If the fetus is affected with the disease the couple carries they can choose to terminate the pregnancy  or bring it to term.  In the case where the couple chooses to give birth to an affected child having prior knowledge of the disease is extremely important. Information about the disease your child carries can help you to be aware of medical necessities and interventions that the child may require at birth.

• A carrier couple may choose in-vitro fertilization (IVF) with pre-implantation genetic diagnosis (PGD).

The egg is fertilized outside the body and embryos are tested at a very early stage for the disease carried by the parents. Only unaffected embryos are implanted in the womb.

• A carrier couple may choose to use egg or sperm from a non-carrier donor.

The donor should be screened for the Jewish genetic diseases.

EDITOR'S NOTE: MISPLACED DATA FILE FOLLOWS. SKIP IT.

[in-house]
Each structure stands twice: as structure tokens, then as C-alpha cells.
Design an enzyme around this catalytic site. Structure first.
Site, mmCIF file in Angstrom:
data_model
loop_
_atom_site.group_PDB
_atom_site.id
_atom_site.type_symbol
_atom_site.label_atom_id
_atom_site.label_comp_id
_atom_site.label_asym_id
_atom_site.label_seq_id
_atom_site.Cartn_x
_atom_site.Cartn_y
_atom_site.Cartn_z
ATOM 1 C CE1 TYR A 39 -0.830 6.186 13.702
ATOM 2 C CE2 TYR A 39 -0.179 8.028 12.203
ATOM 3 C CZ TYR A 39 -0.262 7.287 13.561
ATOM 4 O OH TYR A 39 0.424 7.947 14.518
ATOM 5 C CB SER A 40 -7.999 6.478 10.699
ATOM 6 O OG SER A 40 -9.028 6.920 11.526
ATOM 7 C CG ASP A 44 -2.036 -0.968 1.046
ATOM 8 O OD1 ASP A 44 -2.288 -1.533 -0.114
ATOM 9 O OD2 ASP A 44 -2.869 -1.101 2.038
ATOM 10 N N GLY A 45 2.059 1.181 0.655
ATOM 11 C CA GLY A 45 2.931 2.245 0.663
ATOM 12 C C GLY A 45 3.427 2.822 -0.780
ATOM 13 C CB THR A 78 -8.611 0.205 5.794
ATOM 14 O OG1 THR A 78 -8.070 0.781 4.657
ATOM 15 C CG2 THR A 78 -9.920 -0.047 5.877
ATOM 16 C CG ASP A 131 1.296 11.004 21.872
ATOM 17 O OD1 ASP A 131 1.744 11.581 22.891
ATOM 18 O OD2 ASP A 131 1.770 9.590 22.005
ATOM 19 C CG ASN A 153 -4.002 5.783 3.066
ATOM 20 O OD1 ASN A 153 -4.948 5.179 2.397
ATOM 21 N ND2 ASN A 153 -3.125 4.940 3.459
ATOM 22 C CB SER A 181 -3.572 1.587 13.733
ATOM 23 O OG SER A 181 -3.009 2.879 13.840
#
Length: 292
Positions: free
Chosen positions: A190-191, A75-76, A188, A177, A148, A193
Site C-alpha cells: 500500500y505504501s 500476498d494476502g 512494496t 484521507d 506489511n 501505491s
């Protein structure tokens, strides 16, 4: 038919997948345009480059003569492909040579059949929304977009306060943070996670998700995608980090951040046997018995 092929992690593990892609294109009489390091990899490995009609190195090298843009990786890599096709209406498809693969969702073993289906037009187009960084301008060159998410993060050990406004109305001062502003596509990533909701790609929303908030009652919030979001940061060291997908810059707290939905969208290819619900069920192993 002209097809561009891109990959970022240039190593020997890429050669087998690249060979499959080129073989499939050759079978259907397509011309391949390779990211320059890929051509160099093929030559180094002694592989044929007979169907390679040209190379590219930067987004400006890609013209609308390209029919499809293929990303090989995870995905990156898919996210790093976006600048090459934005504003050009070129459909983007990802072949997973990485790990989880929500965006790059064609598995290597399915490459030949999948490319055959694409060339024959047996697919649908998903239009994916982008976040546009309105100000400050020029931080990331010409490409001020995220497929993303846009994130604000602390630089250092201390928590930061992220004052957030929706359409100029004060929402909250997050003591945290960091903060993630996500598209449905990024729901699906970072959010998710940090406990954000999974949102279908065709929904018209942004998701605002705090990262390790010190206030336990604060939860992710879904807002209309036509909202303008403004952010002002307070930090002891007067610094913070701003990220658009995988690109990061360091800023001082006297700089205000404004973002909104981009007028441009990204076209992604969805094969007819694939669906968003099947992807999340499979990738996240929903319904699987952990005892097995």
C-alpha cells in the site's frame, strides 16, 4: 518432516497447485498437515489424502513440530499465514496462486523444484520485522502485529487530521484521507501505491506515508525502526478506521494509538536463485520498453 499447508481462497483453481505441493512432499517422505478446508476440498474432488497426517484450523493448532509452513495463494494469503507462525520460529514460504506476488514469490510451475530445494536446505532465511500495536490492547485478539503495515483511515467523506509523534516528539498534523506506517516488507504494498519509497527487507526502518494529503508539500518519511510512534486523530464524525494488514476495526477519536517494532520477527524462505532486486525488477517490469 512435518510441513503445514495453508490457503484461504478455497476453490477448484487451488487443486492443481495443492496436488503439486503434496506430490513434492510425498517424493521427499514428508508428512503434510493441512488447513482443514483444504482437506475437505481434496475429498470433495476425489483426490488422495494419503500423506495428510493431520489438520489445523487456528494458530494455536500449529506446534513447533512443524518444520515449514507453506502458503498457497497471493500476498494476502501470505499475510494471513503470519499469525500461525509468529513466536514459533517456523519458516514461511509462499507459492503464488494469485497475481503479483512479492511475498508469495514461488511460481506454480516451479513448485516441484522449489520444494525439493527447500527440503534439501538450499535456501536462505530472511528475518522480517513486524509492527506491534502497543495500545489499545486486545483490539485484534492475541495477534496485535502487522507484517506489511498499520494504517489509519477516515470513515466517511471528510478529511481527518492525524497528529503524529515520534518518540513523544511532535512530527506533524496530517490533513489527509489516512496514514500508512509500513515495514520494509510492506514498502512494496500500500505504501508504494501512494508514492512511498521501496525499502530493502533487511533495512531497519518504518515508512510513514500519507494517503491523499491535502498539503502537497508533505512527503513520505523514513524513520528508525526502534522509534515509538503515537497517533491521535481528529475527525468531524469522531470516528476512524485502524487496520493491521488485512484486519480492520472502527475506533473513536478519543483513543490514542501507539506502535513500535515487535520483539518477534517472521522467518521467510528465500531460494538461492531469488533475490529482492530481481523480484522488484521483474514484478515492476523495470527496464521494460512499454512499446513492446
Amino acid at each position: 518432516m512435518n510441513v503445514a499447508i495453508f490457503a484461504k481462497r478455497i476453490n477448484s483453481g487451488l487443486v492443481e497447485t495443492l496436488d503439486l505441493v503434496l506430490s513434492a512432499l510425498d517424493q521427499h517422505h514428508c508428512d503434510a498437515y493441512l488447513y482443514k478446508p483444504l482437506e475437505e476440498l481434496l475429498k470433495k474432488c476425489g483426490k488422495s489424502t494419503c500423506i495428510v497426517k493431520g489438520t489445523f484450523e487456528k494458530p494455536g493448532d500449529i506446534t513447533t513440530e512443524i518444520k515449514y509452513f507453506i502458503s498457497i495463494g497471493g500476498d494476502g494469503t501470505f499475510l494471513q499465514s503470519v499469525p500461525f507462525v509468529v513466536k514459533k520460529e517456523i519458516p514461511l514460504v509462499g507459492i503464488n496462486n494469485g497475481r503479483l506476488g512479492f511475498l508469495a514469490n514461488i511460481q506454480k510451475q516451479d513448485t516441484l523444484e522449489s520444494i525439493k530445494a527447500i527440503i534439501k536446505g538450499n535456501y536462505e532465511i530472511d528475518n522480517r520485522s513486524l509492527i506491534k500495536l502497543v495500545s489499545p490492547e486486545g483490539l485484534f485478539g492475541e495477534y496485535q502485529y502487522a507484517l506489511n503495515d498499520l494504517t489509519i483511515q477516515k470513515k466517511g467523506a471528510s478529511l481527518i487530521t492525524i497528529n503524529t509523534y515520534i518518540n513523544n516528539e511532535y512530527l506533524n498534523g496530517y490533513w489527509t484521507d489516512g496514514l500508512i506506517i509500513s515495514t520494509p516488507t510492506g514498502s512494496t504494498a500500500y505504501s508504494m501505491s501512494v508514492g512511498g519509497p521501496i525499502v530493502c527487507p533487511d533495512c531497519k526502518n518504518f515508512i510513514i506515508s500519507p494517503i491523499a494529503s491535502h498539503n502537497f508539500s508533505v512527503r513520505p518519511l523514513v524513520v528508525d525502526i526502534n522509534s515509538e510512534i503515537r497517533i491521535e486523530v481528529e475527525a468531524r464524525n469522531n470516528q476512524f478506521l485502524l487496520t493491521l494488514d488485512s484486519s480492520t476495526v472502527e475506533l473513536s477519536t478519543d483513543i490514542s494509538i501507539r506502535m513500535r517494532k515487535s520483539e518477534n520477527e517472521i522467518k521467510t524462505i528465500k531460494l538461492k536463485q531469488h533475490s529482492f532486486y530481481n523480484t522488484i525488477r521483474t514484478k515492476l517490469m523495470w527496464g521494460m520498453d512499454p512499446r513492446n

• A carrier couple may choose to adopt.

• A carrier couple may choose not to have children.

• A carrier may choose not to marry another carrier of the same disease.

Talk to Your Doctor about Jewish Genetic Disease Screening

If you or your partner have any Jewish ancestry, or are an interfaith couple, it is important that you ask to have pre-conception carrier screening for the Jewish genetic diseases.

If you are already pregnant, it is important to discuss screening with your doctor as soon as possible.

Tell you doctor about:

• Your plans to become pregnant

• You and your partner’s family background, whether Ashkenazi, Mizrahi or Sephardic.

• Any family history of genetic diseases.

If you have been screened before, and your test results are available, bring them to your appointment.

If you don’t have a doctor or if your doctor doesn’t offer genetic screening and counseling, you should contact a hospital-based medical genetics program in your area. Click here for a national listing, or search for a genetic counselor in your area at